03 Oct 2017 --- A study of 766 otherwise healthy adolescents has shown that those who consumed the least vitamin K1 were at 3.3 times greater risk for an unhealthy enlargement of the major pumping chamber of their heart. Vitamin K1, or phylloquinone, is found in spinach, cabbage, iceberg lettuce and olive oil and is the predominant form of vitamin K in the US diet.
“Those who consumed less had more risk,” says Dr. Norman Pollock, bone biologist at the Georgia Prevention Institute at the Medical College of Georgia at Augusta University and corresponding author of the study published in The Journal of Nutrition.
Overall, about 10 percent of the teenagers had some degree of this left ventricular hypertrophy, Pollock and his colleagues report.
Left ventricular changes are more typically associated with adults whose hearts have been working too hard, too long to get blood out to the body because of sustained, elevated blood pressure. Unlike other muscles, a larger heart can become inefficient and ineffective.
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The scientists believe theirs is the first study exploring associations between vitamin K and heart structure and function in young people. While more work is needed, their findings suggest that early interventions to ensure young people are getting adequate vitamin K1 could improve cardiovascular development and reduce future disease risk, they write.
In the 14-18 year olds who consumed the least vitamin K1, the study found the overall size and wall thickness of the left ventricle were already significantly greater and the amount of blood the heart pumped out significantly lower, Pollock says.
Changes were independent of other factors known to influence heart structure and function, including sex, race, body composition, physical activity and blood pressure, says Mary Ellen Fain, MCG second-year student and the study's co-first author.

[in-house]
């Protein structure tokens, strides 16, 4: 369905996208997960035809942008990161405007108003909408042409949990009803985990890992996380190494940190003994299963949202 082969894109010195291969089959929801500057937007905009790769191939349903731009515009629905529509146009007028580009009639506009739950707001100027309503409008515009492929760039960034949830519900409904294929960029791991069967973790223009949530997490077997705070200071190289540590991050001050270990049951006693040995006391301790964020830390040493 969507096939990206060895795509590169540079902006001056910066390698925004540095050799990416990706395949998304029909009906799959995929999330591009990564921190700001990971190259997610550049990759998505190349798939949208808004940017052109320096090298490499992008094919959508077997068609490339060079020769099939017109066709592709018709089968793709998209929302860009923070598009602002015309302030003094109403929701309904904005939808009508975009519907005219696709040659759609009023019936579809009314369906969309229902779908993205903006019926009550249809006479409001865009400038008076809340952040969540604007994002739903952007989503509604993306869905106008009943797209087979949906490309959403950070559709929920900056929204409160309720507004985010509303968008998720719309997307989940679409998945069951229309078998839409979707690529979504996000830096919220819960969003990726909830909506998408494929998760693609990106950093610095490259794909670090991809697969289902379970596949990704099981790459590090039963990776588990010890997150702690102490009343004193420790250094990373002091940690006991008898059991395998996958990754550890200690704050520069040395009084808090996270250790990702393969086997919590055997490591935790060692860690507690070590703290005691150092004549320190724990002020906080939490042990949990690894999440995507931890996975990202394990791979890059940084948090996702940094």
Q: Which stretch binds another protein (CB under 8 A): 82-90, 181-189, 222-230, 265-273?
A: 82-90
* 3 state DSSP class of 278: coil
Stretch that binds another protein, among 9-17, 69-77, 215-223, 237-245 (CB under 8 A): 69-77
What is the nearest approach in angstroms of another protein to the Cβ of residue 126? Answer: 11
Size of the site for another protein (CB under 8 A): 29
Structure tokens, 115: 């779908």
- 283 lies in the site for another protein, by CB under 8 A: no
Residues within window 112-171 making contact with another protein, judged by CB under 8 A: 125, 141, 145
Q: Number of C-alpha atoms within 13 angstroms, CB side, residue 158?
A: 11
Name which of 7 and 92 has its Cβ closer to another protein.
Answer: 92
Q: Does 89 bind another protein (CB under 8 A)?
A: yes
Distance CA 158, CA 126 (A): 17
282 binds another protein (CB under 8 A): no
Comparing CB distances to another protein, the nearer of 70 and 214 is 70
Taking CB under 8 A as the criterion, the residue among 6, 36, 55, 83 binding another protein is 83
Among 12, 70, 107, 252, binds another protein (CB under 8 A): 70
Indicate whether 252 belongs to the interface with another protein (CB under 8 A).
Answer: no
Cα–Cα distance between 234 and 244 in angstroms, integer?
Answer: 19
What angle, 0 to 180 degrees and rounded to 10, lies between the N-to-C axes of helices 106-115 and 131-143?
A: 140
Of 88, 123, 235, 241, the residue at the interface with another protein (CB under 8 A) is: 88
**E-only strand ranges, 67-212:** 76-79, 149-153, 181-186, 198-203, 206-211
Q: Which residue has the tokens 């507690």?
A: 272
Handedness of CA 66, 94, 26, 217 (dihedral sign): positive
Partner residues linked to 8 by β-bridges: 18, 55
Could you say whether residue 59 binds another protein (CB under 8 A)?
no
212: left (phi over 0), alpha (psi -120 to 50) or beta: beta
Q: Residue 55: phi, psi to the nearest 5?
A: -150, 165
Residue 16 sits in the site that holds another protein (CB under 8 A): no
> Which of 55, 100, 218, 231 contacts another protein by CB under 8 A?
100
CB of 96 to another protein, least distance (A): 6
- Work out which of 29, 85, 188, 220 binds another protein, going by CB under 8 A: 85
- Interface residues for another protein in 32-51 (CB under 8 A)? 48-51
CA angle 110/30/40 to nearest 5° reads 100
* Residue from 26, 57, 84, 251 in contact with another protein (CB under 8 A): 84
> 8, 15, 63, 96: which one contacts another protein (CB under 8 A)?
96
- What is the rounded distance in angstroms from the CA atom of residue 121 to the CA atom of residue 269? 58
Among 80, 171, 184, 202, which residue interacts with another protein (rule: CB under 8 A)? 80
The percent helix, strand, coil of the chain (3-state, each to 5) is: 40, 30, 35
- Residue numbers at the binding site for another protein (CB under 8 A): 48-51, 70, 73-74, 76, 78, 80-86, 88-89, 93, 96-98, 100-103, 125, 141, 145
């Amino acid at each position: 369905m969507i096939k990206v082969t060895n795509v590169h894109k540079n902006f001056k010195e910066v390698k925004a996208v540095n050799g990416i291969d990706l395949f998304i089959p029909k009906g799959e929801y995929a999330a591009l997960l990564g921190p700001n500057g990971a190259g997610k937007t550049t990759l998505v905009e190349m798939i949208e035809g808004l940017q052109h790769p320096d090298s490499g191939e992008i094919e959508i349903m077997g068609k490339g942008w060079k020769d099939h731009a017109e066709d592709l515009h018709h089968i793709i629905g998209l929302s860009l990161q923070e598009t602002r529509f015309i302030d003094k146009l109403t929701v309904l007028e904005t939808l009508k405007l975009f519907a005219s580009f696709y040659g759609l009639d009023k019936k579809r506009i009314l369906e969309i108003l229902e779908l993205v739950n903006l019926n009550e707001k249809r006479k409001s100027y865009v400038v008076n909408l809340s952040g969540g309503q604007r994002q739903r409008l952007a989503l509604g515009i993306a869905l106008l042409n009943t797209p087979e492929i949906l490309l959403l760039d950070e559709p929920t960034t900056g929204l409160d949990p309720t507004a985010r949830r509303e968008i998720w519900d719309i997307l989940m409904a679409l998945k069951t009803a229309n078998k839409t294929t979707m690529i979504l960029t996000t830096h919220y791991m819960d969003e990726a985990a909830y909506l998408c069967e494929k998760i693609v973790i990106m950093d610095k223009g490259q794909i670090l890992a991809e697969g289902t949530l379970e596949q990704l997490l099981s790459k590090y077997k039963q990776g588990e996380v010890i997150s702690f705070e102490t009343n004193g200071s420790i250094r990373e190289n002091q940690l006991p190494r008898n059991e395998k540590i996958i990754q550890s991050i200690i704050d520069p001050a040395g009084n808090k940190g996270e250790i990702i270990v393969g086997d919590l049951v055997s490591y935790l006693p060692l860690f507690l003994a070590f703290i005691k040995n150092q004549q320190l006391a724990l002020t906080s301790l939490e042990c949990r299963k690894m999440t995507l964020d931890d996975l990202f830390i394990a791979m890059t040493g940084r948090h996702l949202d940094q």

Only 25 percent of the teens in the study met current adequate intake levels of the Food and Nutrition Board of the Institute of Medicine, Pollock notes.
“They had higher levels relative to the other kids,” Fain says. “But even at that age, it seemed to make a difference in their hearts.” Fain and Pollock noted that it was clear than none of the participants consumed large amounts of the vitamin.
Vitamin K is known to be important to blood clotting and healthy bones. There is increasing evidence of its cardiovascular impact as well. For example, one direct, negative impact of low vitamin K intake on the heart may be reduced activity of matrix Gla protein, which helps prevent calcium deposits on blood vessel walls.
Pollock, who is also leading a novel study of the cardiovascular impact of a vitamin K supplement on obese children already showing signs of diabetes risk, has early evidence that the vitamin levels are lower in obese and overweight children.
Click to EnlargeVitamin K and K1 have become of growing interest over the past five years from a product development perspective. According to Innova Market Insights data, food & beverage launches tracked featuring vitamin K and vitamin K1 saw a compound annual growth rate (CAGR) of +34.2 percent and +37.7 percent, respectively, between 2012 and 2016, when 2012 is taken as a base of 100.*
In 2016, 91.6 percent of all food and beverage launches tracked featuring vitamin K fell in the Baby & Toddlers market category. More specifically, Baby Formula/Milk products accounted for 85.9 percent of all food and beverage launches tracked featuring vitamin K, and Baby Cereals & Biscuits for 4.3 percent.
By Lucy Gunn
*Base of 100 for both vitamin K and vitamin K1, but start product launch numbers differ for both.
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